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“Non-intuitive”… The only intuition we’re born with is suckling. Everything else is habituation.

While I understand the value of sampling methods, they also kind of move your uncertainty from the data into the sampling method itself. What if you run a sampling method only once and you happen to actually draw a very weird sample that leads you to an unlikely conclusion? If you actually perform a computation, the only uncertainty is in your data and you can have mathematical certainty of what your uncertainty is!

Understanding Gaussian or t distributions is not that complicated. Making it look horrid by showing the formulae for their density functions is unnecessary. Most statisticians don’t know the t density’s formula off the top of their heads, but still find it intuitive: it’s a Gaussian with thicker tails and is practically a Gaussian once it hits a couple dozen degrees of freedom.

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I have a Facebook friend who has been describing his struggle writing a social science dissertation with little statistical background. When he says “I hate it that R doesn’t just let you easily plug in your data with default parameters and simply give you an answer”, that’s a sausage factory tour I didn’t ask for but it brings home the point that you should never just learn and instantly apply statistical methods without some broader understanding.

Yes, the reason statistics is hard isn’t simply because algorithm or function X is hard.

Statistics is hard because you always need to consider assumptions beyond what’s available in a spreadsheet full of data.

Statistics is hard because your own actions create a different situation outside of the data - ie, what does a value Y of statistic Z(data) “mean”? Well, it tends to mean one thing if you just choose that statistic going into the experiment and it means another if you sifted between methods until you got the one that gave you the result you were after.

Statistic is hard because no statistical routine should be applied automatically or naively. The reason statistical language is obscure isn’t because Neyman et. al were intentionally obtuse but rather because just a value doesn’t necessarily tell you anything. Instead, the effective and meaningful application of a statistic (a value calculated from data) requires one to have a handle on one’s data, that one has a good, consistent methodology going from data collection through evaluation of results.

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What if you run a sampling method only once and you happen to actually draw a very weird sample that leads you to an unlikely conclusion?

That’s why you don’t sample once. You’ll notice all the sampling methods in the slide-deck repeated the trial many times. Statistically, you will find samples that lie far out on the distribution. If it really was an outlier in some sense, the noise will be washed out by the signal. And if you continue finding these “anomalies”, the stats will inform you that these oddities are not due to random chance at all.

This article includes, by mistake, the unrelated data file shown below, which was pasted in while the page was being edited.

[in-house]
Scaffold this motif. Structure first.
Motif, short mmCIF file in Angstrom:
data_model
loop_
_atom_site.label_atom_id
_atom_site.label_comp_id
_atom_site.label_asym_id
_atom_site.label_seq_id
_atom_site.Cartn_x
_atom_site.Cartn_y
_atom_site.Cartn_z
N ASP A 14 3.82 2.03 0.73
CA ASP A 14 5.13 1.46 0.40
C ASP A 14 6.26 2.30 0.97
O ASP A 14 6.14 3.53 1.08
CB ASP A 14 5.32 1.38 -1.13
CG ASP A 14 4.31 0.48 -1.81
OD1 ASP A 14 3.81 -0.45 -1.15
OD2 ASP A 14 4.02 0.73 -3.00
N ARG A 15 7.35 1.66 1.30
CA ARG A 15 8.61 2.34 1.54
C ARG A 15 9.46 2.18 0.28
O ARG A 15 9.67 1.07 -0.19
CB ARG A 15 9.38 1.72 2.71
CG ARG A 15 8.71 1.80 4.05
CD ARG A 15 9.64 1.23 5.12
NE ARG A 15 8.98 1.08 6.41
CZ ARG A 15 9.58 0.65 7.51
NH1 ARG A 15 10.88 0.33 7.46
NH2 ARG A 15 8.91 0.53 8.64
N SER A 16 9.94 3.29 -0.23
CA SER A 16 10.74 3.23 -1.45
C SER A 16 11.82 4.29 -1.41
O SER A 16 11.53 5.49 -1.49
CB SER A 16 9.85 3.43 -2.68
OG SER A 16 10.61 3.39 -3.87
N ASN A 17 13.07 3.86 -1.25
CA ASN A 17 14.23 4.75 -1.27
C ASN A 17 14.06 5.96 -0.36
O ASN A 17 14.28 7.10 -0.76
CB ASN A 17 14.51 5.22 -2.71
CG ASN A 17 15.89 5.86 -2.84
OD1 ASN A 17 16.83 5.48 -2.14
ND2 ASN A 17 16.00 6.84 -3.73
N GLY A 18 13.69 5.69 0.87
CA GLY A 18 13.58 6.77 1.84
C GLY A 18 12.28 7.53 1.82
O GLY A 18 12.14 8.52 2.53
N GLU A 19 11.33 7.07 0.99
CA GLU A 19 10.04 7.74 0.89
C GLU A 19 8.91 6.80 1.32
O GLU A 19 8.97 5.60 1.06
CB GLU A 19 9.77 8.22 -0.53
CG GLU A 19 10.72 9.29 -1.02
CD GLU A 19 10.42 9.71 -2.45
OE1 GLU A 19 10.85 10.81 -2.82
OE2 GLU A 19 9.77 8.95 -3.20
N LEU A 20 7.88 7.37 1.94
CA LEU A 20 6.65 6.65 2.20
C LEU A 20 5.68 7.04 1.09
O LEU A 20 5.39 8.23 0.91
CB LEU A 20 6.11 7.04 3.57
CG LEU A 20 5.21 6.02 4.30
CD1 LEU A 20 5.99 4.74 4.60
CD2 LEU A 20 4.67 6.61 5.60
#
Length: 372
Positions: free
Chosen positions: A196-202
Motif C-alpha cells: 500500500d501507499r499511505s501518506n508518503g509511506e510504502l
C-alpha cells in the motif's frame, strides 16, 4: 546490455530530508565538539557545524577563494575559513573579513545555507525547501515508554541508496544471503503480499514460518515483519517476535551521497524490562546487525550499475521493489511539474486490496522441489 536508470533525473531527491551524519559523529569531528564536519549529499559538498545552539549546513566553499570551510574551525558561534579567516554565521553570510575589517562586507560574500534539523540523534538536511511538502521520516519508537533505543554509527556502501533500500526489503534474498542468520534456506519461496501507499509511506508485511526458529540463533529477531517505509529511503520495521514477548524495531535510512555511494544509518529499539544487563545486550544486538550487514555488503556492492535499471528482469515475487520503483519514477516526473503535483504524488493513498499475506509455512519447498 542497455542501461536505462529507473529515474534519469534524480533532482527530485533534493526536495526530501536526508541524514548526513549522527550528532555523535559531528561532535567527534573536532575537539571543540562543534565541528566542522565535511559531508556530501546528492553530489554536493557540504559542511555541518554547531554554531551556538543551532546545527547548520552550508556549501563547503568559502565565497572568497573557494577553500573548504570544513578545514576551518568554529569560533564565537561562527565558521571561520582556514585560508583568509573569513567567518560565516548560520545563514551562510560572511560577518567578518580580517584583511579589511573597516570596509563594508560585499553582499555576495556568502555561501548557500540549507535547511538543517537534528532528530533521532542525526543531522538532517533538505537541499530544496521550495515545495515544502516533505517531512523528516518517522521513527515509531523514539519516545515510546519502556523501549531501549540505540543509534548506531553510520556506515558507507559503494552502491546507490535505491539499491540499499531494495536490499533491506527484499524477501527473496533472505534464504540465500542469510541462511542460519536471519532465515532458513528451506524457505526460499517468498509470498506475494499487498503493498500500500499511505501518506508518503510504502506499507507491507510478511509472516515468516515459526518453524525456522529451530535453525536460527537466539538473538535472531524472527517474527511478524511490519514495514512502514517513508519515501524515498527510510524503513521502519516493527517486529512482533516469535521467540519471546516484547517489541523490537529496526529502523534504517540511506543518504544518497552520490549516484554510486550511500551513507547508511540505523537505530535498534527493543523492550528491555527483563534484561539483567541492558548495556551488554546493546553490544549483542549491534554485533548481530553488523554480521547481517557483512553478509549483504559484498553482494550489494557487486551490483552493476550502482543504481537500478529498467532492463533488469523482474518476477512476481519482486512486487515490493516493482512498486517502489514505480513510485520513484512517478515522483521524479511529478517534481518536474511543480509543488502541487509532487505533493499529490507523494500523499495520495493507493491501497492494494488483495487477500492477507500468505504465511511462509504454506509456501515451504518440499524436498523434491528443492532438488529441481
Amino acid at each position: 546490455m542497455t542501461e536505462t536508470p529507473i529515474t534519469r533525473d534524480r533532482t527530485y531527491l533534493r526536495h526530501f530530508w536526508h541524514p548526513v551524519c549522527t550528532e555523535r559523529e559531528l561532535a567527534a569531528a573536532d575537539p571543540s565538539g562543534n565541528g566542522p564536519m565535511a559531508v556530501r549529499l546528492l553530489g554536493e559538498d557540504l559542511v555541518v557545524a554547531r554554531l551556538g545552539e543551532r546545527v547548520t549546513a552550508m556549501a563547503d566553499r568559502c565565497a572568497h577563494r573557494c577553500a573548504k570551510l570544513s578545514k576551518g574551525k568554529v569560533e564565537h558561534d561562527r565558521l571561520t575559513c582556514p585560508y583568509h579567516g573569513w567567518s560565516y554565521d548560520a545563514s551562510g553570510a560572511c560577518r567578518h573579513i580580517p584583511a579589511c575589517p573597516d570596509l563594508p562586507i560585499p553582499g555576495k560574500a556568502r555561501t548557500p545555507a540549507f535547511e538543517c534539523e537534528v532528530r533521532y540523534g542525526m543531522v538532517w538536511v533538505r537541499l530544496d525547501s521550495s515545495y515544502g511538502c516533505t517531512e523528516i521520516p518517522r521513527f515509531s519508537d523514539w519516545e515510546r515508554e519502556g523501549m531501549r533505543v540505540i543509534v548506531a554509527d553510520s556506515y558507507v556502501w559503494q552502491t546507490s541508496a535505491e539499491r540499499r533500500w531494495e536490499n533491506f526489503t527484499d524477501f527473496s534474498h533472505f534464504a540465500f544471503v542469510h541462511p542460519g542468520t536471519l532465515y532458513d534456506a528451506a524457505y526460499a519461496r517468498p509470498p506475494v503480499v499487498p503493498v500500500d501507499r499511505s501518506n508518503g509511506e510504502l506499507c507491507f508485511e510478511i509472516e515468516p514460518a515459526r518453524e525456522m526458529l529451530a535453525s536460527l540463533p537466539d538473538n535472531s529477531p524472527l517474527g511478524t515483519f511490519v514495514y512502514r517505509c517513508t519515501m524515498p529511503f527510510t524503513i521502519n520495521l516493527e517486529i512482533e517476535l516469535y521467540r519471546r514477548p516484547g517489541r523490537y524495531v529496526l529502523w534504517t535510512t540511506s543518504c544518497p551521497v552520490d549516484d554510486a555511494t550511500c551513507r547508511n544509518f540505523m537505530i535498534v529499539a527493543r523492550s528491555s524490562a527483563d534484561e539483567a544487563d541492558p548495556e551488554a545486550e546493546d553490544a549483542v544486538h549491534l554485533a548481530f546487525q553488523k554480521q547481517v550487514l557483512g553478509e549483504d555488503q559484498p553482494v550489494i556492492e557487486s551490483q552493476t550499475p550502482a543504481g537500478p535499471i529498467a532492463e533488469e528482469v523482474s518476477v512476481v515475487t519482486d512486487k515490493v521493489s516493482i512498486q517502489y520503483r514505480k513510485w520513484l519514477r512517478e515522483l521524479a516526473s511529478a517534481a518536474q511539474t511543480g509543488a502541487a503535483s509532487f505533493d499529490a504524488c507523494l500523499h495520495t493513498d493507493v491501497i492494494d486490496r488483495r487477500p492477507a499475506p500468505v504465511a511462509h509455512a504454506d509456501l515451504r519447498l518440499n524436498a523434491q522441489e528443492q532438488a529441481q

Obviously, there is always a preference to data collection:

1. Collect the entire population’s data. If you have all the data, you can make much more definitive claims
2. Realistically, you cannot always sample the entire population. So instead you collect samples from the population, and endeavor to collect unbiased samples (stratified sampling, etc). In an ideal world, you collect enough samples to do your stats
3. Realistically, you cannot even collect enough samples from your population to perform strong stats (e.g not enough turtles stacking shells to make any claim). So you start using methods described in the deck (shuffling, bootstrapping, etc) to draw inference from your limited sample data.

And in the end, I believe the sampling methods listed in this deck are just proxies for the underlying statistical formula. Simulating a coin flipping is the same as calculating the probability distributions directly…but some people may understand the simulation easier than the math.

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That’s why you don’t sample once. You’ll notice all the sampling methods in the slide-deck repeated the trial many times.

I understand. You can still sample many times and reach a very unlikely conlcusion, just like you can flip 20 heads in a row.

My point is that I would prefer if the actual mathematics were explained instead of being hidden away for fear of scaring away your audience. If we can handle programming, we can handle mathematics.

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Ah, I misinterpreted your comment then, apologies.

I think explaining things in terms of computation is a valid teaching strategy though. If someone can understand the reasoning behind a computation, they can apply that knowledge to understanding the underlying math. People unfortunately have a gut reaction to statistics being boring/dull/hard, so this could be a nice “gateway” to more complete understanding